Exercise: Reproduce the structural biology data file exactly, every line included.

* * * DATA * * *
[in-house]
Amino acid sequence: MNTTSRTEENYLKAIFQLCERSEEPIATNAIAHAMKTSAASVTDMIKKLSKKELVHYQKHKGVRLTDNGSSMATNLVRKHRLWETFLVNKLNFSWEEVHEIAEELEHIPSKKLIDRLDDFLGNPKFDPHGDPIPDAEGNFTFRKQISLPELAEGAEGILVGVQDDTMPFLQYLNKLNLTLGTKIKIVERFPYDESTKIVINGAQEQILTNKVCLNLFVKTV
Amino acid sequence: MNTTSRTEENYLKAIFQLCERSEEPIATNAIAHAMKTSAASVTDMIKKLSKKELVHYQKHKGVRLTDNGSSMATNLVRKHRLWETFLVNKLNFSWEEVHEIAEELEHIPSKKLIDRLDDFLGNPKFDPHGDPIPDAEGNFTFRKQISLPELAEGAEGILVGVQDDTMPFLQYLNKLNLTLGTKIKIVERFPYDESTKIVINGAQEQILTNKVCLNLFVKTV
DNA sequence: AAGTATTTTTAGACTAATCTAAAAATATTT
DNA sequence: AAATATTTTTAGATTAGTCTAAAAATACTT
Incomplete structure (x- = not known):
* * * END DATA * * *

[in-house]
Amino acid sequence: MNTTSRTEENYLKAIFQLCERSEEPIATNAIAHAMKTSAASVTDMIKKLSKKELVHYQKHKGVRLTDNGSSMATNLVRKHRLWETFLVNKLNFSWEEVHEIAEELEHIPSKKLIDRLDDFLGNPKFDPHGDPIPDAEGNFTFRKQISLPELAEGAEGILVGVQDDTMPFLQYLNKLNLTLGTKIKIVERFPYDESTKIVINGAQEQILTNKVCLNLFVKTV
Amino acid sequence: MNTTSRTEENYLKAIFQLCERSEEPIATNAIAHAMKTSAASVTDMIKKLSKKELVHYQKHKGVRLTDNGSSMATNLVRKHRLWETFLVNKLNFSWEEVHEIAEELEHIPSKKLIDRLDDFLGNPKFDPHGDPIPDAEGNFTFRKQISLPELAEGAEGILVGVQDDTMPFLQYLNKLNLTLGTKIKIVERFPYDESTKIVINGAQEQILTNKVCLNLFVKTV
DNA sequence: AAGTATTTTTAGACTAATCTAAAAATATTT
DNA sequence: AAATATTTTTAGATTAGTCTAAAAATACTT
Incomplete structure (x- = not known):